Body camera fails to prove compensable workplace injury
Advances in technology do not always translate into evidence that supports an on the job injury claim. In a recent case where a Virginia police officer slipped on a stairway while she was investigating a potential burglary in progress at a private residence, the mishap was caught on video by her and two other officers’ body cameras. However, the Virginia Court of Appeals ruled that the video did not show that his injury arose out of his employment. Even though the officer was “on the job” when he fell, the appeals court upheld the Virginia Workers Compensation Commission’s denial of workers’ compensation benefits. It is not enough under Virginia law for there to be an on the job injury; there must be some “increased risk of the employment” or defect that caused the accident. The court found that neither officer body cameras nor the homeowner’s statements that she had fallen earlier on those stairs, proved a defect in the stairs.
The body cameras worn by injured law enforcement officer and two other police officers assisting in the investigation recorded his accident. The videos showed claimant walking down carpeted stairs that appeared to be in good repair. The films did not reveal any obvious defects in the stairway that caused him to slip. Rather, the video from the bodycams simply showed the officer slipping in an area where the stairway made a “u-turn” between the base of the stairs and the second floor.
According to Herndon workers comp lawyer Doug Landau, “many other states allow for compensation where a worker is injured while “on the clock” and performing work-related duties, Virginia law requires more. There must be a risk of the employment that causes the accident for the Virginia Workers Compensation Commission to find an injury is ‘compensable’ and award benefits. This is known as the “actual risk doctrine.” Lawyer Landau has posted about this legal requirement previously.
The body camera also showed the homeowner exclaiming, “Don’t hurt yourself! I just slipped down those stairs. I just slipped earlier.” The homeowner again told the officer she had fallen on the stairs earlier that day, but did not otherwise provide an explanation regarding her fall. Circumstantial evidence implying that an employee’s accident arose from her employment must determine the issue beyond mere conjecture in order to support an award of workers’ compensation benefits. The claimant’s primary argument on appeal is based on the homeowner’s statements. However, the evidence presented to the Virginia Workers Compensation Commission did not establish that a defect caused claimant to slip, and the homeowner’s statements are ambiguous concerning the cause of her fall. The appeals court found that the homeowner’s statements are unclear at best,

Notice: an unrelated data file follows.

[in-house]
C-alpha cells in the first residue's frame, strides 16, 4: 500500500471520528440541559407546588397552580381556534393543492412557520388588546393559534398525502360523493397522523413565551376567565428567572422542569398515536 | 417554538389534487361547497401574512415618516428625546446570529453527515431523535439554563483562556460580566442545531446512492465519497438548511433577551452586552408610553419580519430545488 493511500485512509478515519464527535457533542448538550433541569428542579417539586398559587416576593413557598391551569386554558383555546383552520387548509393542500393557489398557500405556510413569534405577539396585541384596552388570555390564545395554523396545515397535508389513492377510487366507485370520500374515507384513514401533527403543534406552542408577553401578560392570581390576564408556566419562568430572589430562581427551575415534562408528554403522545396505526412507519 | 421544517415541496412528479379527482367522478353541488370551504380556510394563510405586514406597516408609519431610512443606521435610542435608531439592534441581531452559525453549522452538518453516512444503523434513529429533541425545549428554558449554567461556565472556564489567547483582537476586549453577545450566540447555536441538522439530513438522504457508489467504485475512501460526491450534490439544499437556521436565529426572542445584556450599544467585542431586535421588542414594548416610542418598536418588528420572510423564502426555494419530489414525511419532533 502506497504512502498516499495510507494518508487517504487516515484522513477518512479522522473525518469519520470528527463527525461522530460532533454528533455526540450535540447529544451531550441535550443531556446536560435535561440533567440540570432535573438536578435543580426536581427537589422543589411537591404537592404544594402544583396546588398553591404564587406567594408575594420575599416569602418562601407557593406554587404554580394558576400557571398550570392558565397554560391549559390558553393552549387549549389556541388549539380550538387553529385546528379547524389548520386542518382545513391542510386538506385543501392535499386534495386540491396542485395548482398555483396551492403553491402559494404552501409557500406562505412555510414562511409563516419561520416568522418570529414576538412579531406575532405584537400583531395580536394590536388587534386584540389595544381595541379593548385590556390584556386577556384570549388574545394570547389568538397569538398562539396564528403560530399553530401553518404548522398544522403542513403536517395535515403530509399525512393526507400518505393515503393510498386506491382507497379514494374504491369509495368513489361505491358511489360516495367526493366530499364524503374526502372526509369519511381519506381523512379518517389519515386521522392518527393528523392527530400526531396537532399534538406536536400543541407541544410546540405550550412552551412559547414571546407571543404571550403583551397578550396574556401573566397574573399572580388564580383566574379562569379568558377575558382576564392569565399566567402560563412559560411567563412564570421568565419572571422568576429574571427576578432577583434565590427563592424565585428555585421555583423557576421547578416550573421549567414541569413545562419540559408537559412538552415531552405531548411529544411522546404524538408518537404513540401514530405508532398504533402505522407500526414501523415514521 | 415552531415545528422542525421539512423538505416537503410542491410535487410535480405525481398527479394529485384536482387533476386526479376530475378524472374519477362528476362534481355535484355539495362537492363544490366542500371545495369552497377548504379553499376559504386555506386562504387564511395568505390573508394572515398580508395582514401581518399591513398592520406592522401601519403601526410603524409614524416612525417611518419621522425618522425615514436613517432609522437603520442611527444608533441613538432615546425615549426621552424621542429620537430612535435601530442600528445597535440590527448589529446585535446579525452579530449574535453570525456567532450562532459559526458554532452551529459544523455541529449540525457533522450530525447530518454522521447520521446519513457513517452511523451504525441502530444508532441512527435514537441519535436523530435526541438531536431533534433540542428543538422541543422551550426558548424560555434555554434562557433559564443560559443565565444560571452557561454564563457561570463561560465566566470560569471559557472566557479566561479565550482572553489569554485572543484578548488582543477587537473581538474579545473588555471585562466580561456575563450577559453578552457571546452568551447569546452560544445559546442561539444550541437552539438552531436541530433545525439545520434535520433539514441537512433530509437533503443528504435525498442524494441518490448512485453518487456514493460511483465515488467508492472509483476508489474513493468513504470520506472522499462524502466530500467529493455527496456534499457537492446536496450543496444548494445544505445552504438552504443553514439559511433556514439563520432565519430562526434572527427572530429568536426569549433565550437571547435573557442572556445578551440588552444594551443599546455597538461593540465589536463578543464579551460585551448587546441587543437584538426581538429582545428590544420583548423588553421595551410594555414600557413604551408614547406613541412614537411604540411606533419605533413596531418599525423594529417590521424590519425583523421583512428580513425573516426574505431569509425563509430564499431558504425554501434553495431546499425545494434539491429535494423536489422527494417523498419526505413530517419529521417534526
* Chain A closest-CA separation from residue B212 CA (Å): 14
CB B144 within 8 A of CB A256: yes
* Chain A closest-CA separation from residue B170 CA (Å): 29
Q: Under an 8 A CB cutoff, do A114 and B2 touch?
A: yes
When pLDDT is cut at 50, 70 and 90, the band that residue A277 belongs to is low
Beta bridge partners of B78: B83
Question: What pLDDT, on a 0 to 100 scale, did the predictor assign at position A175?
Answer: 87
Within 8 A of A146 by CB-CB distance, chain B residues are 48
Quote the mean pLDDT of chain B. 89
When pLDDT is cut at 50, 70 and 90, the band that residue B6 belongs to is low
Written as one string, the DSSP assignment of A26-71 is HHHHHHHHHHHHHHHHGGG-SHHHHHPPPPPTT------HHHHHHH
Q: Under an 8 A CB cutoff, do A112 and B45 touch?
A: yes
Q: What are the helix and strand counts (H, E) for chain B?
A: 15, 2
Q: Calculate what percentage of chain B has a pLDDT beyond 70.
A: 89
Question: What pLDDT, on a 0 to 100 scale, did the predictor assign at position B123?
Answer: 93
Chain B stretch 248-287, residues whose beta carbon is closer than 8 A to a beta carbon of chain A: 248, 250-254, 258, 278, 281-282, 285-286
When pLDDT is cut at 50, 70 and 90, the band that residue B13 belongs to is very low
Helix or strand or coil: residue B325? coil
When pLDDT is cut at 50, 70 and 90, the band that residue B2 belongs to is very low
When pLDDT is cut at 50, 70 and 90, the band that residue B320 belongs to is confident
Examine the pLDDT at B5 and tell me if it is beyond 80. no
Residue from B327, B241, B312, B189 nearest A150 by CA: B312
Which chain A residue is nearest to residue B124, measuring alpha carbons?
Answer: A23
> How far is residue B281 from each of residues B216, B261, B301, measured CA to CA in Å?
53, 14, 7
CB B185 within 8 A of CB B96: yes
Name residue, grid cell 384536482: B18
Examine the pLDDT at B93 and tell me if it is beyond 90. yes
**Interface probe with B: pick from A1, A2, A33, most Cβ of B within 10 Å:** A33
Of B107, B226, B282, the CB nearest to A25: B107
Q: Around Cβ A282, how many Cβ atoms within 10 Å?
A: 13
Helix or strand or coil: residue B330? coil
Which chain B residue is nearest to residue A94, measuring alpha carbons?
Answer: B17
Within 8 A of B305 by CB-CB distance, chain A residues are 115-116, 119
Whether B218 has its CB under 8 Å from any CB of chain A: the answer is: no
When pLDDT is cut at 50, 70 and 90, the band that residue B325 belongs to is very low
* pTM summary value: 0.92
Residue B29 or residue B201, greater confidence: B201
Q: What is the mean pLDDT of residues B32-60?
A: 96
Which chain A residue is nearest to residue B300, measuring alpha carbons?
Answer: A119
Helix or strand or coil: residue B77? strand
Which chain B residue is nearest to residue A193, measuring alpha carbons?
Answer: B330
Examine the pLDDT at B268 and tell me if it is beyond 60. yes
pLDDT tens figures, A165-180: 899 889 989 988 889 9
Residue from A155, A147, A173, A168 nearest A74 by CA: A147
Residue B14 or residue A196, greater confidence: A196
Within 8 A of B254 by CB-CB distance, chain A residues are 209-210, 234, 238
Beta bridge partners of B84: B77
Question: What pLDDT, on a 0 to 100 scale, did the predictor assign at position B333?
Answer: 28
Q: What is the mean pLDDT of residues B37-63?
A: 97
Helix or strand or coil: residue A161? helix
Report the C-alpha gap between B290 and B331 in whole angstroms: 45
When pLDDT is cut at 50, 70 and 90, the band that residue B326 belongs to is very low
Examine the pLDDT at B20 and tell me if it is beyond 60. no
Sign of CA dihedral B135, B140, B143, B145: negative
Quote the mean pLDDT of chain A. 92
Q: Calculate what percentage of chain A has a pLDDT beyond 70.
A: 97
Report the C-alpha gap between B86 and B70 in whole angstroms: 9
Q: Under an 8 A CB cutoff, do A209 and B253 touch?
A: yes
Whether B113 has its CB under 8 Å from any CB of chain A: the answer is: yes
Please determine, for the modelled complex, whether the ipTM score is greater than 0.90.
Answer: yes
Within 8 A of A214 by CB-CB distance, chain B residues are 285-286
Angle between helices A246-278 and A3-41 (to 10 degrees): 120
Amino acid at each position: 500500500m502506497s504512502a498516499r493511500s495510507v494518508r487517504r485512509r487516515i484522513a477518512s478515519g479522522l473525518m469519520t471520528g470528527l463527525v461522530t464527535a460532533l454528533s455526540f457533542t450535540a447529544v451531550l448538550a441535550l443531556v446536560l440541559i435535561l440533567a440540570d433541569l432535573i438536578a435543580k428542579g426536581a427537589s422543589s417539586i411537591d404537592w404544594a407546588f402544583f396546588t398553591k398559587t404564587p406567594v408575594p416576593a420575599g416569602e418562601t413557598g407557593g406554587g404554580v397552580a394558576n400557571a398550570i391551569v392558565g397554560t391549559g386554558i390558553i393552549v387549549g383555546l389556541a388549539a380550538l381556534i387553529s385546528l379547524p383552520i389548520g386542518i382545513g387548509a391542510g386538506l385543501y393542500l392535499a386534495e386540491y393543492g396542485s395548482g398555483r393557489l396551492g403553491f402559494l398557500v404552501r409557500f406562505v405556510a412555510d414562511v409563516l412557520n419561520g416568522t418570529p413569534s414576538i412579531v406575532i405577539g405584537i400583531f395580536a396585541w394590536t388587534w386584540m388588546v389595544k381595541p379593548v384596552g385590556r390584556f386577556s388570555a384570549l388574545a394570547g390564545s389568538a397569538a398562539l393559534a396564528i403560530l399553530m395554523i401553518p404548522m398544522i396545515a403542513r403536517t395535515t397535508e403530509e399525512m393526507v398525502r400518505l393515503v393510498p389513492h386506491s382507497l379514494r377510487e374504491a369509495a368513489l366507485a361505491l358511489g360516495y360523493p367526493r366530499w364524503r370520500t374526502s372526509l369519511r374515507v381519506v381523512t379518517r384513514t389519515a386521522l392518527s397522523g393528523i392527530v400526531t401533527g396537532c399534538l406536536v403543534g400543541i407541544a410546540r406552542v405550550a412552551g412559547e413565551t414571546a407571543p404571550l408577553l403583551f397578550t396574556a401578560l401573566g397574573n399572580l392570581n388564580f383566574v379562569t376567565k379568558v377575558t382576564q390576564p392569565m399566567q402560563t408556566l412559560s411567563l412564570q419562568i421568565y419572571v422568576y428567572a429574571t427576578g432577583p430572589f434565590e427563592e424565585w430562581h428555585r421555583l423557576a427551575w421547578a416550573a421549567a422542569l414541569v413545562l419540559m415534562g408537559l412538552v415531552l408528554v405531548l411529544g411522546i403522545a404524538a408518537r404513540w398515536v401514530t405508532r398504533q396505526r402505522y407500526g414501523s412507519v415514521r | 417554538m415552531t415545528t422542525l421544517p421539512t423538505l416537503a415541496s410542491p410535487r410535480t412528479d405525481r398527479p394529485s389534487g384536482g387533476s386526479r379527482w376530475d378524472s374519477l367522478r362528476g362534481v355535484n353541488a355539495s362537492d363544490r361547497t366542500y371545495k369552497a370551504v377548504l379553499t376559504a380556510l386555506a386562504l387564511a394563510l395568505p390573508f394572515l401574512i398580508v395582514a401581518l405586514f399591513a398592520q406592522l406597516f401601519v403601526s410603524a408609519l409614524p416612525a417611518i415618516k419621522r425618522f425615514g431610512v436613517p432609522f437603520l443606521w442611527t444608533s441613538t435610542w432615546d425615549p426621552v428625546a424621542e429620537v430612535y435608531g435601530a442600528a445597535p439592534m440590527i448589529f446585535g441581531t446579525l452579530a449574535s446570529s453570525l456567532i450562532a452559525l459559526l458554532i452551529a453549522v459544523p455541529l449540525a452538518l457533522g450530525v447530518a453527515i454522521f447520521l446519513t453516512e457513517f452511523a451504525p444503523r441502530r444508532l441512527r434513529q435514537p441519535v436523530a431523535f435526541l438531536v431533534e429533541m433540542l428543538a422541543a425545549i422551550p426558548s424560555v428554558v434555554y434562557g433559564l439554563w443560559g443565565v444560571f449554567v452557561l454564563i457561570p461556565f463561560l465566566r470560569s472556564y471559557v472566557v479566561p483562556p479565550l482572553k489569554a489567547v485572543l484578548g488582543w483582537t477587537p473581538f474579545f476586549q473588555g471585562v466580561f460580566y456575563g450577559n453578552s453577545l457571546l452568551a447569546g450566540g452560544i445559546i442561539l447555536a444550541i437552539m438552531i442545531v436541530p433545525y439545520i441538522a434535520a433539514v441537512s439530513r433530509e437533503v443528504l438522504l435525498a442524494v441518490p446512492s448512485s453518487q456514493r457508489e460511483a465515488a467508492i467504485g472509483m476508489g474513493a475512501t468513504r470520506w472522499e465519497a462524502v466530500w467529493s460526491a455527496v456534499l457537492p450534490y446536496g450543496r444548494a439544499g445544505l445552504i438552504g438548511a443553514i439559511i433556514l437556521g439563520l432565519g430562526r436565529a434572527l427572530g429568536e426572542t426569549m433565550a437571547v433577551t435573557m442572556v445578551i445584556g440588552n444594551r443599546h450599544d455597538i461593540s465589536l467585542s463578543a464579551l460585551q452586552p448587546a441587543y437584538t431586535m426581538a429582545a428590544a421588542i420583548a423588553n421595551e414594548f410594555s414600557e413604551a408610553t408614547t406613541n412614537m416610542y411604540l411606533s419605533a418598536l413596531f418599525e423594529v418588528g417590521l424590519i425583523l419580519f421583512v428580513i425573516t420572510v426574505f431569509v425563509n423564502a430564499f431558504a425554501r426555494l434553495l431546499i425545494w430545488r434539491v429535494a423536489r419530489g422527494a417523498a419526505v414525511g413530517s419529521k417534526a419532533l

“Even if we assume the homeowner fell due to a defect in the stairway, no evidence established that claimant fell due to the same defect. Under these circumstances, an award of benefits would be based on pure speculation.”
The Virginia Court of Appeals denied benefits in this case (Echevarria v. City of Chesapeake). If you or someone you know or care for has been injured as the result of an accident on the job or while working off site, and there are questions about what laws apply, e-mail or call us at ABRAMS LANDAU, Ltd. (703-796-9555) at once.